Managing Forex Trading Risks.

Managing risk is the most important part of investing, whether you are trading Forex, stocks or any derivative market. Novice traders are too focused on their potential profit outcome rather than their potential loss. Here are some tips to manage your Forex trading risk.

Limit your drawdown. Use a stop loss. A stop loss is a price you are going to exit a trade for a loss. Every online trading platform will allow you to place a stop loss at a predetermined price and if that price is reached then your automatic stop loss will take you out of the trade and limit any further drawdown. If you enter a trade and fail to enter a stop loss thinking you will exit manually if the market moves against you, you can never manage your risk to a % or $ figure over a series of trades. Entering trades without predetermined stop loss levels put in place usually leads to an emotional decision to exit rather than a logical one. Some of the biggest losers in financial markets trade without stop losses. Many of their common errors are these…

“It’s going to go back up so I may as well stay in the trade.” This is a classic mistake novice traders make, they cut profits early when they are in winning positions but they will let losing trades run thinking the market will at some point in the future return them into profit. What inevitably happens is the market continues to move against them to the point they cannot handle their loss emotionally and they bail out of the trade for a substantial loss.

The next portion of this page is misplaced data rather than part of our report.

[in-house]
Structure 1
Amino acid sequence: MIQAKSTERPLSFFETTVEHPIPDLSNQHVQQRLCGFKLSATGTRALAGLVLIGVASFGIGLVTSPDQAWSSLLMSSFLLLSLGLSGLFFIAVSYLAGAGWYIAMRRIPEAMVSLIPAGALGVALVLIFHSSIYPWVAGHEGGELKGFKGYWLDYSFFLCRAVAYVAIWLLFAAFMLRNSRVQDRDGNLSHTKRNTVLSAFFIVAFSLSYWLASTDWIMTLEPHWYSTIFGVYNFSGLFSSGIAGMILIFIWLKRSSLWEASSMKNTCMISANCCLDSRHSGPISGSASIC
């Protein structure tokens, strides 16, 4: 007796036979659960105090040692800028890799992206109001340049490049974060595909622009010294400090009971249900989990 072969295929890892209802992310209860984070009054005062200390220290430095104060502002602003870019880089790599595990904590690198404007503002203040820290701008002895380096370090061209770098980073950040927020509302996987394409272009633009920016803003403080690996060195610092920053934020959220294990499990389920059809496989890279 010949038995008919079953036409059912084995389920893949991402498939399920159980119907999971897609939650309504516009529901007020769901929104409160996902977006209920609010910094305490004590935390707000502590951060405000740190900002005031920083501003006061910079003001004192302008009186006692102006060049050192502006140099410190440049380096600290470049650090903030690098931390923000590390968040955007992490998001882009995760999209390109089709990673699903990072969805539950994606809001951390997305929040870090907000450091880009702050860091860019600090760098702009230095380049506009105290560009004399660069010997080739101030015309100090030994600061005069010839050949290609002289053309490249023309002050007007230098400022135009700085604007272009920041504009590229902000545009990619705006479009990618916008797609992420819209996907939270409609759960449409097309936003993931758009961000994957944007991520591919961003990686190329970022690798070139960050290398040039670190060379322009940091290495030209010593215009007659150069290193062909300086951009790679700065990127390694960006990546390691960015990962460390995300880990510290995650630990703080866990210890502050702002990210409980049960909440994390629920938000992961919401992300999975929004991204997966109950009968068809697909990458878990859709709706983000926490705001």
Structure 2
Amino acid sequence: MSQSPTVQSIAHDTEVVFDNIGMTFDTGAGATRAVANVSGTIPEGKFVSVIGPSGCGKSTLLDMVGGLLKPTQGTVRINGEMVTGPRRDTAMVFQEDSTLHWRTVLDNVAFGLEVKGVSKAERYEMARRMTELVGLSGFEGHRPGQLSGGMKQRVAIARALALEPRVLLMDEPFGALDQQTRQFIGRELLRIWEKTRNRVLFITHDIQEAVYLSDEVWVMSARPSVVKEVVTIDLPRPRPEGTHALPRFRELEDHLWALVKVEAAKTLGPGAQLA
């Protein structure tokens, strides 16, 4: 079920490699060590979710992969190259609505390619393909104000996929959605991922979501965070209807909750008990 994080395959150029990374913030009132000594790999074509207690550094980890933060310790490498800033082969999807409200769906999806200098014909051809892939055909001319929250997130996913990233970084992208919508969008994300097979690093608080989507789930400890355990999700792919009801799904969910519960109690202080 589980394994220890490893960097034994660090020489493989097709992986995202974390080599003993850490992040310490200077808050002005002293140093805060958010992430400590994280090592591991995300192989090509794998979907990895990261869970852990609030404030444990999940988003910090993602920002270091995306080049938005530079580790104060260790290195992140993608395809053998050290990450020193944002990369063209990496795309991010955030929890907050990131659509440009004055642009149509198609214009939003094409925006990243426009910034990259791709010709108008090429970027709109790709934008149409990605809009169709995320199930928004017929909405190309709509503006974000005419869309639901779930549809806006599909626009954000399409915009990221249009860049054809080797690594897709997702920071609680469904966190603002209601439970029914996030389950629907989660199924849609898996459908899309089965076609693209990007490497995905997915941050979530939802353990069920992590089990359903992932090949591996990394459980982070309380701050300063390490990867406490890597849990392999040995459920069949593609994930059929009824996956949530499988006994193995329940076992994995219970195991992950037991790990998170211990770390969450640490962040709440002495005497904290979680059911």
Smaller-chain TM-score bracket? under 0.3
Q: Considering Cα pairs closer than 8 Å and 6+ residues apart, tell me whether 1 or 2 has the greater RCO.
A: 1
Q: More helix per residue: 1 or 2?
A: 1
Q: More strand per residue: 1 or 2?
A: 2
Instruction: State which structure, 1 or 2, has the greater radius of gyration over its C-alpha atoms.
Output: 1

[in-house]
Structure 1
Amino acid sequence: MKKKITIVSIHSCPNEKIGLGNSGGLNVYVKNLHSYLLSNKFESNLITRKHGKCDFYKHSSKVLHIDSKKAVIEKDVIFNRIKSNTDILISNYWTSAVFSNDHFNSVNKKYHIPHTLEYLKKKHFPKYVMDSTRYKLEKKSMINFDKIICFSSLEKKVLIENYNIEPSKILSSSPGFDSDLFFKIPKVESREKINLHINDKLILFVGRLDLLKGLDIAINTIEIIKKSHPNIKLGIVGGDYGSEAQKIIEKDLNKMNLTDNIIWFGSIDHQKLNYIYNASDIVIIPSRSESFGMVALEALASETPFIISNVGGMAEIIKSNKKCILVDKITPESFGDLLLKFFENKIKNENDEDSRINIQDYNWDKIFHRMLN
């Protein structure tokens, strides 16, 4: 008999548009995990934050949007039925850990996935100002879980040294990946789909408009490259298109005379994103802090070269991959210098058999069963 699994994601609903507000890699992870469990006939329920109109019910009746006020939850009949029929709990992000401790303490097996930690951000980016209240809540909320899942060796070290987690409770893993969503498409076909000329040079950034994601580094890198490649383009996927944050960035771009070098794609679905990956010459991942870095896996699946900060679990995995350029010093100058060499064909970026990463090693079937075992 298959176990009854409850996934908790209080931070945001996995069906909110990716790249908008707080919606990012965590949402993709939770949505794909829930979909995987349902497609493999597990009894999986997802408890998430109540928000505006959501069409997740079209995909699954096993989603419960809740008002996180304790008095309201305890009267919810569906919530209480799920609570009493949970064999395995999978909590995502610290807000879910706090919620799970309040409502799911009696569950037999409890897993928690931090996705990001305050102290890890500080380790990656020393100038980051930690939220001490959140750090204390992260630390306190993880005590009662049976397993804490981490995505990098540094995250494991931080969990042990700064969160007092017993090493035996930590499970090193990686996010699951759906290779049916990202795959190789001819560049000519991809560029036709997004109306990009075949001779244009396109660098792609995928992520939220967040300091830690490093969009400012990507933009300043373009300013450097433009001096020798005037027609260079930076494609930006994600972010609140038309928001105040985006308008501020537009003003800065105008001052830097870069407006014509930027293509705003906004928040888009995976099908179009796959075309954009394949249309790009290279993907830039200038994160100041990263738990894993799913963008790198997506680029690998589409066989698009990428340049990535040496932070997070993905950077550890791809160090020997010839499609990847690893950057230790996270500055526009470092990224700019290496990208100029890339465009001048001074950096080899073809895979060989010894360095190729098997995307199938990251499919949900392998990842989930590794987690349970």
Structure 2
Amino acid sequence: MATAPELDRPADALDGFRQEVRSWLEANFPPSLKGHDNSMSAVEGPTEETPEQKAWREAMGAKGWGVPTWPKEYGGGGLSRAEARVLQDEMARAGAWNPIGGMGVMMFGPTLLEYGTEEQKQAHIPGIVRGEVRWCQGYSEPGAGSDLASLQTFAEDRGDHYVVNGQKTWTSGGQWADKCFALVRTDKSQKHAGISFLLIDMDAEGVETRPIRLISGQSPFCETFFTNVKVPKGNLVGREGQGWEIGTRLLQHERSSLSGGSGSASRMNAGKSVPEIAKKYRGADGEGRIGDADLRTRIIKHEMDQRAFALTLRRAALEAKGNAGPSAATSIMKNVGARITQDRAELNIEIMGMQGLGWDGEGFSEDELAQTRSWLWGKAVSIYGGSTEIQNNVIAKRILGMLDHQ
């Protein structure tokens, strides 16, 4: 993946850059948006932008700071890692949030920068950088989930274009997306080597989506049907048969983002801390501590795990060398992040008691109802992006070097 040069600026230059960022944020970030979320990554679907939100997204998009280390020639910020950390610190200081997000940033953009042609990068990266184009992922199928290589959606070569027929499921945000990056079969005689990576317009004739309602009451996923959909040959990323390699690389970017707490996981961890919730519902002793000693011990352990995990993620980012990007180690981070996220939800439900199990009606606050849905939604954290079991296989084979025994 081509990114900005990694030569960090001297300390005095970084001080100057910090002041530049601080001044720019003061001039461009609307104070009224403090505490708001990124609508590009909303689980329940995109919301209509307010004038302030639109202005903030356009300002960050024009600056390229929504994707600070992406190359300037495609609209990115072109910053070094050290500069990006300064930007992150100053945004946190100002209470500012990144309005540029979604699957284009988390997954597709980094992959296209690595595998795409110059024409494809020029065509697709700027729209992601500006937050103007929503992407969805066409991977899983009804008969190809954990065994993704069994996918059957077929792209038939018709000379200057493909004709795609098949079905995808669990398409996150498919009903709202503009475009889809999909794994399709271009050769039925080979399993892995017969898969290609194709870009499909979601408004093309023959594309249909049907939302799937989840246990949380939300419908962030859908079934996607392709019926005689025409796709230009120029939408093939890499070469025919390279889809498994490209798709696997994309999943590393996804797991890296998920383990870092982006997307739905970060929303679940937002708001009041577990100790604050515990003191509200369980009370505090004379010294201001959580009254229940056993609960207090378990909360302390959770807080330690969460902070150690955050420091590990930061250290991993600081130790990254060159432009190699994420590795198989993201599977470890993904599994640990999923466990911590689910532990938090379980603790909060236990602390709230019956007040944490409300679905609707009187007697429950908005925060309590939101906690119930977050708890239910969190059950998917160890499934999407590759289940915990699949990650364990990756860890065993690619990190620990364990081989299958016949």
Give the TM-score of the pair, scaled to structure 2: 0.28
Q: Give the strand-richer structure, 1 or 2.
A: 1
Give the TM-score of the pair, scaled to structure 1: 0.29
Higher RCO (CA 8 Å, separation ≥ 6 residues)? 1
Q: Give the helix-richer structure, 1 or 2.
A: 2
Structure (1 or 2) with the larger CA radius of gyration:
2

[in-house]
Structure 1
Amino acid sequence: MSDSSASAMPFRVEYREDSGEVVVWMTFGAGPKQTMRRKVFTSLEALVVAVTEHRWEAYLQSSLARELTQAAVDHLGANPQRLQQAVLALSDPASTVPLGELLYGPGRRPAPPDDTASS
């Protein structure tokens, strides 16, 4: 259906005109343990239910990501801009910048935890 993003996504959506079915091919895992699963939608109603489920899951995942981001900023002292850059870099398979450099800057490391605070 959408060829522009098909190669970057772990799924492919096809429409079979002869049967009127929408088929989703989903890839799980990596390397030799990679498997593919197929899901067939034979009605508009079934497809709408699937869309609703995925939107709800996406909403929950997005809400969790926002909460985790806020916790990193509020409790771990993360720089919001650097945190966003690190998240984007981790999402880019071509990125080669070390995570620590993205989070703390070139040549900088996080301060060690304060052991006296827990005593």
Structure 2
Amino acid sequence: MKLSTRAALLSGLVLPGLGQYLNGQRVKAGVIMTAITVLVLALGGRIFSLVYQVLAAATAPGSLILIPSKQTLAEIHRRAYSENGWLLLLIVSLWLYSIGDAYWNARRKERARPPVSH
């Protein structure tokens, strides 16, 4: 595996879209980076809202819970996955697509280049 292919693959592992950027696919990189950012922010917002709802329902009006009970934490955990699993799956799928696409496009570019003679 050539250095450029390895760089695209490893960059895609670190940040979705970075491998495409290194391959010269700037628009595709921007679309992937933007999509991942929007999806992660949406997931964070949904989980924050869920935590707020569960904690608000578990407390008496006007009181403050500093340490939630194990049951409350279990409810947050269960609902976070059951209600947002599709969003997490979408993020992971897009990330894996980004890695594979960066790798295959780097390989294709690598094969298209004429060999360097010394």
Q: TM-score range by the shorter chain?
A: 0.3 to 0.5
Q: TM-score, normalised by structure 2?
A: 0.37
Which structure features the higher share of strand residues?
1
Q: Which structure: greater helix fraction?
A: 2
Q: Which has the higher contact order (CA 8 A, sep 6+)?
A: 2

“I will just buy more so I can average my losing position.” Averaging into trades and buying more is a disaster waiting to happen. Often novice traders will buy more when they are in a losing position thinking that the market only needs to retrace less of a distance to get them back to square. What they don’t account for is the market could continue to move against them and often does, building the size of their loss at every tick. Ultimately at some point, they run out of money trying to buy more or they generally explode emotionally and they bail out of the trade. Never average into a losing position it is financial suicide.

“Price is getting close to my stop loss, I will just move it away a little bit as I think the price will go back up.” This is a sure fire way to increase the size of an already losing position, as the first time you move the stop loss likely won’t be the last time. Emotion and not logic will take over and the novice trader won’t just move the stop loss once, they will continue to move it further and further away until at some point they explode mentally and they bail out of the trade. If you have a stop loss in place and price gets close to it, just remind yourself why you have the stop loss in the first place. It is to limit your loss.